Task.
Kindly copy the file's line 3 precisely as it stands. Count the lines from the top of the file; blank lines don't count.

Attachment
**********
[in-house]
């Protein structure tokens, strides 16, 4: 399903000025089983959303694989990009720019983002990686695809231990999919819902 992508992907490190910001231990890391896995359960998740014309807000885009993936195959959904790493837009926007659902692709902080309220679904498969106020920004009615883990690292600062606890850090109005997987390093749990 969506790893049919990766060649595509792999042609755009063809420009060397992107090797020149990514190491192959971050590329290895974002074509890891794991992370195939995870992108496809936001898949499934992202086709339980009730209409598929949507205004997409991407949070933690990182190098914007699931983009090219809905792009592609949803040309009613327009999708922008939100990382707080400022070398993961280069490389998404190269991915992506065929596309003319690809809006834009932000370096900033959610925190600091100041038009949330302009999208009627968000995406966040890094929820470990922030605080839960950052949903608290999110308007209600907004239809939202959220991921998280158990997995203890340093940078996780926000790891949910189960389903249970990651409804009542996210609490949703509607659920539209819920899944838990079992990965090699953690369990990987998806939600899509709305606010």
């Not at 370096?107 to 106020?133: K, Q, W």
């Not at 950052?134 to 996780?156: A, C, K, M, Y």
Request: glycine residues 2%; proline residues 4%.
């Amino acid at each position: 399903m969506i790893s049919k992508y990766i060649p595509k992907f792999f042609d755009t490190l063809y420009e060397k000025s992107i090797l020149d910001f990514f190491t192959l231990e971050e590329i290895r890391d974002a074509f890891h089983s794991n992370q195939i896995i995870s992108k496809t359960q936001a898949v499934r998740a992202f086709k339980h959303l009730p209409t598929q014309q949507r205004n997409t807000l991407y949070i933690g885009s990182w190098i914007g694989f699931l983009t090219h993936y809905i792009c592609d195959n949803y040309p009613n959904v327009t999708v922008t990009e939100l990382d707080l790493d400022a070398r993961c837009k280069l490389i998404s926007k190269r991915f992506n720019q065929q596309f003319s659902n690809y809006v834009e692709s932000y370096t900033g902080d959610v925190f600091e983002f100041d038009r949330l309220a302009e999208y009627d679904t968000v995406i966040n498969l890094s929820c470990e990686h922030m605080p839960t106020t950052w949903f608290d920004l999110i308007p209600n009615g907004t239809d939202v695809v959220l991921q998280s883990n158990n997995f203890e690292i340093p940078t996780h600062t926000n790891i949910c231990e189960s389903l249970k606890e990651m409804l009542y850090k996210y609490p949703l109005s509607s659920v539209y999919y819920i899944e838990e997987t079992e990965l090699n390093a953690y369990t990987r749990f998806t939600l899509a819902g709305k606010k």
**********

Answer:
């Not at 370096?107 to 106020?133: K, Q, W």